Before introducing IPv6 Address format, we shall look into Hexadecimal Number System. Hexadecimal is a positional number system that uses radix (base) of 16. To represent the values in readable format, this system uses 0-9 symbols to represent values from zero to nine and A-F to represent values from ten to fifteen. Every digit in Hexadecimal can represent values from 0 to 15.
An IPv6 address is made of 128 bits divided into eight 16-bits blocks. Each block is then converted into 4-digit Hexadecimal numbers separated by colon symbols.
For example, given below is a 128 bit IPv6 address represented in binary format and divided into eight 16-bits blocks:
0010000000000001 0000000000000000 0011001000111000 1101111111100001 0000000001100011 0000000000000000 0000000000000000 1111111011111011
Each block is then converted into Hexadecimal and separated by ‘:’ symbol:
Even after converting into Hexadecimal format, IPv6 address remains long. IPv6 provides some rules to shorten the address. The rules are as follows:
Rule.1: Discard leading Zero(es):
In Block 5, 0063, the leading two 0s can be omitted, such as (5th block):
Rule.2: If two of more blocks contain consecutive zeroes, omit them all and replace with double colon sign ::, such as (6th and 7th block):
Consecutive blocks of zeroes can be replaced only once by :: so if there are still blocks of zeroes in the address, they can be shrunk down to a single zero, such as (2nd block):
IPv6 has three different types of Unicast Address scheme. The second half of the address (last 64 bits) is always used for Interface ID. The MAC address of a system is composed of 48-bits and represented in Hexadecimal. MAC addresses are considered to be uniquely assigned worldwide. Interface ID takes advantage of this uniqueness of MAC addresses. A host can auto-configure its Interface ID by using IEEE’s Extended Unique Identifier (EUI-64) format. First, a host divides its own MAC address into two 24-bits halves. Then 16-bit Hex value 0xFFFE is sandwiched into those two halves of MAC address, resulting in EUI-64 Interface ID.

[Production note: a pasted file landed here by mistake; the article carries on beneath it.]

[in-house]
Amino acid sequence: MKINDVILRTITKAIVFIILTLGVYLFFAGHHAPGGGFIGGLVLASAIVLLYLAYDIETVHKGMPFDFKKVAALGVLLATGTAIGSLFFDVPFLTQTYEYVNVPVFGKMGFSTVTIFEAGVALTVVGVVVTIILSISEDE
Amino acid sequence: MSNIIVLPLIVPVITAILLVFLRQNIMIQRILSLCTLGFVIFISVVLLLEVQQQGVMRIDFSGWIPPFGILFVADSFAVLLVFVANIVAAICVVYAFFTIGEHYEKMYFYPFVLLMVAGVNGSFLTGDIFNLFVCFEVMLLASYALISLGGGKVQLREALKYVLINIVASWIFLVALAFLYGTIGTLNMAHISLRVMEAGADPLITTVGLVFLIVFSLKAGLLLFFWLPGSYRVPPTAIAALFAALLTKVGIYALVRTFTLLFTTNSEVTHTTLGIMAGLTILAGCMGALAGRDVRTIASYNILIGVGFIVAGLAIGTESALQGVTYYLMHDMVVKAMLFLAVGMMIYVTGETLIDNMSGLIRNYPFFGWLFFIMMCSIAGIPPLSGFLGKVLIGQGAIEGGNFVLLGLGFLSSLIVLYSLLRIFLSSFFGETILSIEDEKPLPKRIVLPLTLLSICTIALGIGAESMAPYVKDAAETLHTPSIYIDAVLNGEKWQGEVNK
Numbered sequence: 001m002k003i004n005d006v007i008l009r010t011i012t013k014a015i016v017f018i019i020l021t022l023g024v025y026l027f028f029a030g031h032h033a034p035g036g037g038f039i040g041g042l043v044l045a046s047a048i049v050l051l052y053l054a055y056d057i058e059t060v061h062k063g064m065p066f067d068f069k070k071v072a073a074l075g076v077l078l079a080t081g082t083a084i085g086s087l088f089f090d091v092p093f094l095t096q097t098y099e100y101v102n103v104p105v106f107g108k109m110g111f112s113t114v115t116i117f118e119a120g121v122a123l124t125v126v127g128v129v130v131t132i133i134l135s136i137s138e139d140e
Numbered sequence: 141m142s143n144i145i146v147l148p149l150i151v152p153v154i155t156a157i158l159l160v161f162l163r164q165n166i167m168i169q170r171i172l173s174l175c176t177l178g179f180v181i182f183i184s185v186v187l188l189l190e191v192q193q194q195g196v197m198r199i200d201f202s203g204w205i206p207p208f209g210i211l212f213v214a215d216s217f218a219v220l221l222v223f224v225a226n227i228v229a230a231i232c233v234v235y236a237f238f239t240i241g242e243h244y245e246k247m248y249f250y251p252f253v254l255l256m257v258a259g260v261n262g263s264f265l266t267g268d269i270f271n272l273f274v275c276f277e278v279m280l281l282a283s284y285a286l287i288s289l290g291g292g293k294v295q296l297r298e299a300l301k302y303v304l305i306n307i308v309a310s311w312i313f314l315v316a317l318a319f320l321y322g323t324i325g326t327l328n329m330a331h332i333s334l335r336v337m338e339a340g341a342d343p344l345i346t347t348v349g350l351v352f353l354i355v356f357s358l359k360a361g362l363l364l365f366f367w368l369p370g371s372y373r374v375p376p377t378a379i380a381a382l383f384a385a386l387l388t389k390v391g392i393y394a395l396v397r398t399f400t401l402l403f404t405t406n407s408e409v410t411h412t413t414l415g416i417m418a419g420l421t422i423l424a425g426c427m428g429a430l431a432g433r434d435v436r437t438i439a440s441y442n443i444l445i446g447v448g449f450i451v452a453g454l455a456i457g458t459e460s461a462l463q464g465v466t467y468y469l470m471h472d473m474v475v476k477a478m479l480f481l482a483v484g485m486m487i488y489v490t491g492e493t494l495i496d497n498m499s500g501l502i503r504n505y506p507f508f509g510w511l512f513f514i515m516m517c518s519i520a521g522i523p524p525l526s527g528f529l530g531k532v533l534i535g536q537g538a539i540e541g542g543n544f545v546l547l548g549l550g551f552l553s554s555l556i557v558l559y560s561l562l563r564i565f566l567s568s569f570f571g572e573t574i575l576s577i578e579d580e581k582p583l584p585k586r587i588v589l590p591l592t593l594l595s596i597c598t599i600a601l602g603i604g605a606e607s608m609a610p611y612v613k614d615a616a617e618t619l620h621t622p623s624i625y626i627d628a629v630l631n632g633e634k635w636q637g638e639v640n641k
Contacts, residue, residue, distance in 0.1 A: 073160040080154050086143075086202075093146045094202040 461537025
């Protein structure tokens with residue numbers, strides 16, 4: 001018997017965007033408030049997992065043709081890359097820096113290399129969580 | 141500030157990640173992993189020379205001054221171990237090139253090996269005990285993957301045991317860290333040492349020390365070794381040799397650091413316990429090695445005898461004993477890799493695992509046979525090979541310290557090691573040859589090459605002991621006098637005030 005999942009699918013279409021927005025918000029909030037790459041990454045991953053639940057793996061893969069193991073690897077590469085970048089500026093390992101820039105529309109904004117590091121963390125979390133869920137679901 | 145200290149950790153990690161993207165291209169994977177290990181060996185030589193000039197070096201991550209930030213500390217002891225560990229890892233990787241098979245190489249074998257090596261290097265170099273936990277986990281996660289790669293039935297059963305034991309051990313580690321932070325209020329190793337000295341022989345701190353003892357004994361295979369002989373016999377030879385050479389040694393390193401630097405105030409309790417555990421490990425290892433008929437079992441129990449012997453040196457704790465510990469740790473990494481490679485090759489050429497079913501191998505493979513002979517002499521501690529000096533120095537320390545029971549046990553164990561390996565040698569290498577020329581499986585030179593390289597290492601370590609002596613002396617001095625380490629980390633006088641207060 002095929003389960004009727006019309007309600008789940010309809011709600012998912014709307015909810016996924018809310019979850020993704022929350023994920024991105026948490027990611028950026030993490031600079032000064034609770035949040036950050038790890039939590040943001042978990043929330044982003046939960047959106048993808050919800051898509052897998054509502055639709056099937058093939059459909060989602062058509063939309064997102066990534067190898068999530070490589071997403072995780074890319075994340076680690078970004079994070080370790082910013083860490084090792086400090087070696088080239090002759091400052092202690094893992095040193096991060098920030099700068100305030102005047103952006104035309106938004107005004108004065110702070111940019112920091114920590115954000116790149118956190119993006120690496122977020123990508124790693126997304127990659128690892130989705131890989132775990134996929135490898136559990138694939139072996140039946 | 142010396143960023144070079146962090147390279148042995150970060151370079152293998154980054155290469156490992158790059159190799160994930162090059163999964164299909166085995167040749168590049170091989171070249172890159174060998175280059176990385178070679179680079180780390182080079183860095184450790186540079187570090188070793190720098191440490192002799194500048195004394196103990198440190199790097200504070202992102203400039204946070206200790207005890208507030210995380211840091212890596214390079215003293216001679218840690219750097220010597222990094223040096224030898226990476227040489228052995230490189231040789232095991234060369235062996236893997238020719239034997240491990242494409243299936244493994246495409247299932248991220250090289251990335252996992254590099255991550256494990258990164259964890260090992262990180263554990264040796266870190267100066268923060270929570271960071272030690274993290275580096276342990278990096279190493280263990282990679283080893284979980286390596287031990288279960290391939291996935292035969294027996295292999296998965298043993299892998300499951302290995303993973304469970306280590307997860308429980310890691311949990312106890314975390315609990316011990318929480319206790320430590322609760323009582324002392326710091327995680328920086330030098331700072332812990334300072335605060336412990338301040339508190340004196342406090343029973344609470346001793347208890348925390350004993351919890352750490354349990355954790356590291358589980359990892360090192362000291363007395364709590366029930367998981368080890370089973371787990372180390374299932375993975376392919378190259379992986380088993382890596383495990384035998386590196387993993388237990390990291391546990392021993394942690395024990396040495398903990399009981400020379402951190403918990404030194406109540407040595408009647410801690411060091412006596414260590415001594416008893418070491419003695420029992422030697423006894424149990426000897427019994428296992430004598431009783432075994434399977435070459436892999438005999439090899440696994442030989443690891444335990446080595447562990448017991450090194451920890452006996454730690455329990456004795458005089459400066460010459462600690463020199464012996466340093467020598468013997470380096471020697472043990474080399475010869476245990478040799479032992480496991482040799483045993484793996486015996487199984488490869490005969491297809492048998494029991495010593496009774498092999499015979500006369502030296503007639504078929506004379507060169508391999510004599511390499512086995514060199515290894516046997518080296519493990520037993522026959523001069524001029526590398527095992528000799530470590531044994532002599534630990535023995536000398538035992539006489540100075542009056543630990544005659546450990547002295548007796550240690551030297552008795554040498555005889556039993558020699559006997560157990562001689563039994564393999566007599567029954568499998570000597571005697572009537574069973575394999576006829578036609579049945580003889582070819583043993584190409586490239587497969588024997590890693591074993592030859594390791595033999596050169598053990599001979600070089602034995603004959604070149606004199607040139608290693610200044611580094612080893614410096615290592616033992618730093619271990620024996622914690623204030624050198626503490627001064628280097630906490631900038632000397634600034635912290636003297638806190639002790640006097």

Conversion of EUI-64 ID into IPv6 Interface Identifier
To convert EUI-64 ID into IPv6 Interface Identifier, the most significant 7th bit of EUI-64 ID is complemented. For example:
This address type is equivalent to IPv4’s public address. Global Unicast addresses in IPv6 are globally identifiable and uniquely addressable.
Global Routing Prefix: The most significant 48-bits are designated as Global Routing Prefix which is assigned to specific autonomous system. The three most significant bits of Global Routing Prefix is always set to 001.
Auto-configured IPv6 address is known as Link-Local address. This address always starts with FE80. The first 16 bits of link-local address is always set to 1111 1110 1000 0000 (FE80). The next 48-bits are set to 0, thus:
Link-local addresses are used for communication among IPv6 hosts on a link (broadcast segment) only. These addresses are not routable, so a Router never forwards these addresses outside the link.
This type of IPv6 address is globally unique, but it should be used in local communication. The second half of this address contain Interface ID and the first half is divided among Prefix, Local Bit, Global ID and Subnet ID.
Prefix is always set to 1111 110. L bit, is set to 1 if the address is locally assigned. So far, the meaning of L bit to 0 is not defined. Therefore, Unique Local IPv6 address always starts with ‘FD’.
The scope of Link-local address is limited to the segment. Unique Local Address are locally global, but are not routed over the Internet, limiting their scope to an organization’s boundary. Global Unicast addresses are globally unique and recognizable. They shall make the essence of Internet v2 addressing.